Supportive-expressive group therapy: The transformation of existential ambivalence into creative living while enhancing adherence to anti-cancer therapies
AuthorKissane, DW; Grabsch, B; Clarke, DM; Christie, G; Clifton, D; Gold, S; Hill, C; Morgan, A; McDermott, F; Smith, GC
PublisherJOHN WILEY & SONS LTD
University of Melbourne Author/sGrabsch, Brenda; MCDERMOTT, FIONA; HILL, CHRISTINE; MORGAN, ANN; GOLD, STANLEY SAMUEL; Kissane, David
Document TypeJournal Article
CitationsKissane, D. W., Grabsch, B., Clarke, D. M., Christie, G., Clifton, D., Gold, S., Hill, C., Morgan, A., McDermott, F. & Smith, G. C. (2004). Supportive-expressive group therapy: The transformation of existential ambivalence into creative living while enhancing adherence to anti-cancer therapies. PSYCHO-ONCOLOGY, 13 (11), pp.755-768. https://doi.org/10.1002/pon.798.
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C1 - Journal Articles Refereed
Supportive-Expressive Group Therapy (SEGT) has been developed and manualised in the research setting, but there have been few clinical accounts of its utility. In this qualitative review of its application in the Melbourne-based randomised control trial (RCT) for women with advanced breast cancer, SEGT is considered from the perspective of the structure and framework of therapy, its therapists, the issues that develop in exploring its common themes and what constitutes a well functioning group. Groups move through identifiable developmental phases. The mature group process transforms existential ambivalence into creative living, evidenced by humour, celebration, assertiveness, altruism, new creative pursuits and eventually courageous acceptance of dying. Challenges and pitfalls include avoidance, non-containment of ambivalence, intolerance of difference, anti-group phenomena and splitting. A key element is the medicalization of the group culture whereby members and co-therapists explore health beliefs and attitudes about care. This promotes compliance with anti-cancer treatments, including both the initiation of and perseverance with chemotherapy. This mechanism could prove to be a potentially important pathway in promoting longer survival.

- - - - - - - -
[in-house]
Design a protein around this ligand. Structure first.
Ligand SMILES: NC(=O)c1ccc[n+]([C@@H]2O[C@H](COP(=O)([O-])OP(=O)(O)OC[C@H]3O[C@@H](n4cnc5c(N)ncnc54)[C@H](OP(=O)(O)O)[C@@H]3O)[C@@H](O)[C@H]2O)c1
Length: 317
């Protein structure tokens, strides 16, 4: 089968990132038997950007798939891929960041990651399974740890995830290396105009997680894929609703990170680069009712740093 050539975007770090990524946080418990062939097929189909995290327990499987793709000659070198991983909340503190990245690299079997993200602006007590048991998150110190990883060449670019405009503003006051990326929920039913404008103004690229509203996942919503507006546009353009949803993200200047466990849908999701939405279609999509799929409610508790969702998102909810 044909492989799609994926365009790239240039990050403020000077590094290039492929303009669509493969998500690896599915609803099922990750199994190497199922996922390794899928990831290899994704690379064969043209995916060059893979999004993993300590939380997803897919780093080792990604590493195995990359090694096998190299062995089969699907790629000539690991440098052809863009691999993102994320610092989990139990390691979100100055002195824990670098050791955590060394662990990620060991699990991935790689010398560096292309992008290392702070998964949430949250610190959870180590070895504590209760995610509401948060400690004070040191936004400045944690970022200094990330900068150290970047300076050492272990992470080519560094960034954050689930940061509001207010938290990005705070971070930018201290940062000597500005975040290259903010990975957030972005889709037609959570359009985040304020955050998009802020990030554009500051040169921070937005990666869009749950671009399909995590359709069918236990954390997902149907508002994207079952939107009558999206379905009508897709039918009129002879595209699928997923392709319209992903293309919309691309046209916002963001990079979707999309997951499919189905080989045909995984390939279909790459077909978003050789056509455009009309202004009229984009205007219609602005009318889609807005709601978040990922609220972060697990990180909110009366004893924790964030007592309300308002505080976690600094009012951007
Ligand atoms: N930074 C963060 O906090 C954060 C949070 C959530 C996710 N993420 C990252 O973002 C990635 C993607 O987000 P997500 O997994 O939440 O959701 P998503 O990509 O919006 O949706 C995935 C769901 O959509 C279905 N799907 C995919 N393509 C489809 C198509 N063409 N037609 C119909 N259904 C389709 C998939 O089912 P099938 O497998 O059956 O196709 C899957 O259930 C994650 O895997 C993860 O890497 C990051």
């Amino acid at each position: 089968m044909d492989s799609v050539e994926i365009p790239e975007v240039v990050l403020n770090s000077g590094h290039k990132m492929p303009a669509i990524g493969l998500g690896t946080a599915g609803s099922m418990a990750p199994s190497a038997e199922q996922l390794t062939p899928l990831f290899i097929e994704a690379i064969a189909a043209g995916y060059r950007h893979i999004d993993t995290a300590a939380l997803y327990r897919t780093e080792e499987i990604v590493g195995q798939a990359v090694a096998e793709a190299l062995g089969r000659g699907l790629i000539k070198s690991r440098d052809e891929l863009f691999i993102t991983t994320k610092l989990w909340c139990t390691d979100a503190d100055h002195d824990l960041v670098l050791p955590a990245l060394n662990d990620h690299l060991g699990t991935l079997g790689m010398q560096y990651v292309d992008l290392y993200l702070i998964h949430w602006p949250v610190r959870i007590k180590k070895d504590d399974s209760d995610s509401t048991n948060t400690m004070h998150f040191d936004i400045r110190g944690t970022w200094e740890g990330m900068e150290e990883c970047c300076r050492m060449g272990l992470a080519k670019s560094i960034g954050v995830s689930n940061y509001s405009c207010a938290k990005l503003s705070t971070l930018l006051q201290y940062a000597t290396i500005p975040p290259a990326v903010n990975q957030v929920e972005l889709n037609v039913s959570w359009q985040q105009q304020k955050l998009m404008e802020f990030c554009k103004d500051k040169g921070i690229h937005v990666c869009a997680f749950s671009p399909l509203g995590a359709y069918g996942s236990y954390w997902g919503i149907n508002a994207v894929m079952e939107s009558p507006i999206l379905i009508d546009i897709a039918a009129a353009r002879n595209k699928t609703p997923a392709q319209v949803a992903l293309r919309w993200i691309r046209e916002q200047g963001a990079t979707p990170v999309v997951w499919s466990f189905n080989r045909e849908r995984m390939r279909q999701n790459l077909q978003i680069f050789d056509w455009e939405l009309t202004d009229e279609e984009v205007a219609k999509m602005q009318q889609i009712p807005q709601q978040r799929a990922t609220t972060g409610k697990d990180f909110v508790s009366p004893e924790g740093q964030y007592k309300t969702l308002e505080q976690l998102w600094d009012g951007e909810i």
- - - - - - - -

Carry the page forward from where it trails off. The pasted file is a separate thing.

KeywordsOncology and Carcinogenesis; Psychiatry ; Health and Support Services not elsewhere classified
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